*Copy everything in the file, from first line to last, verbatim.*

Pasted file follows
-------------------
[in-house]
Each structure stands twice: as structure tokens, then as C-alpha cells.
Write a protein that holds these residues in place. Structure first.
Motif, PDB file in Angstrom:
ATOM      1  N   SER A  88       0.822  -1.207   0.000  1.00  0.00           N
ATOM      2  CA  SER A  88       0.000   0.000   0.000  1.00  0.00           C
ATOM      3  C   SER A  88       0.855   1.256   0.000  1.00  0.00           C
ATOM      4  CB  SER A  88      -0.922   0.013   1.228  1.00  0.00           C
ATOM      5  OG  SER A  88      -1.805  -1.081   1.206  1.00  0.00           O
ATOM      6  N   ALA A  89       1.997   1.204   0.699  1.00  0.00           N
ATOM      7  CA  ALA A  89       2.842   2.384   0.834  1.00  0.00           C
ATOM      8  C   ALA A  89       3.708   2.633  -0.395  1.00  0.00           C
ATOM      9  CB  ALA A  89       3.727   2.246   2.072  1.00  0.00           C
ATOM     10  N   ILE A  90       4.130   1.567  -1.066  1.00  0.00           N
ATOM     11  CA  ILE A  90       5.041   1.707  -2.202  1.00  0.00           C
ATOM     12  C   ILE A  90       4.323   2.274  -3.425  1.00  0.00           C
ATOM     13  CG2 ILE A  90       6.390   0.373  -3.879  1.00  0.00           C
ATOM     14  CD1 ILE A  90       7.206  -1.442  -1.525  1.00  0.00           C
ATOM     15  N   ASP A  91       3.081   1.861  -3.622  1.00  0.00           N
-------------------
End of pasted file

[in-house]
Each structure stands twice: as structure tokens, then as C-alpha cells.
Write a protein that holds these residues in place. Structure first.
Motif, PDB file in Angstrom:
ATOM      1  N   SER A  88       0.822  -1.207   0.000  1.00  0.00           N
ATOM      2  CA  SER A  88       0.000   0.000   0.000  1.00  0.00           C
ATOM      3  C   SER A  88       0.855   1.256   0.000  1.00  0.00           C
ATOM      4  CB  SER A  88      -0.922   0.013   1.228  1.00  0.00           C
ATOM      5  OG  SER A  88      -1.805  -1.081   1.206  1.00  0.00           O
ATOM      6  N   ALA A  89       1.997   1.204   0.699  1.00  0.00           N
ATOM      7  CA  ALA A  89       2.842   2.384   0.834  1.00  0.00           C
ATOM      8  C   ALA A  89       3.708   2.633  -0.395  1.00  0.00           C
ATOM      9  CB  ALA A  89       3.727   2.246   2.072  1.00  0.00           C
ATOM     10  N   ILE A  90       4.130   1.567  -1.066  1.00  0.00           N
ATOM     11  CA  ILE A  90       5.041   1.707  -2.202  1.00  0.00           C
ATOM     12  C   ILE A  90       4.323   2.274  -3.425  1.00  0.00           C
ATOM     13  CG2 ILE A  90       6.390   0.373  -3.879  1.00  0.00           C
ATOM     14  CD1 ILE A  90       7.206  -1.442  -1.525  1.00  0.00           C
ATOM     15  N   ASP A  91       3.081   1.861  -3.622  1.00  0.00           N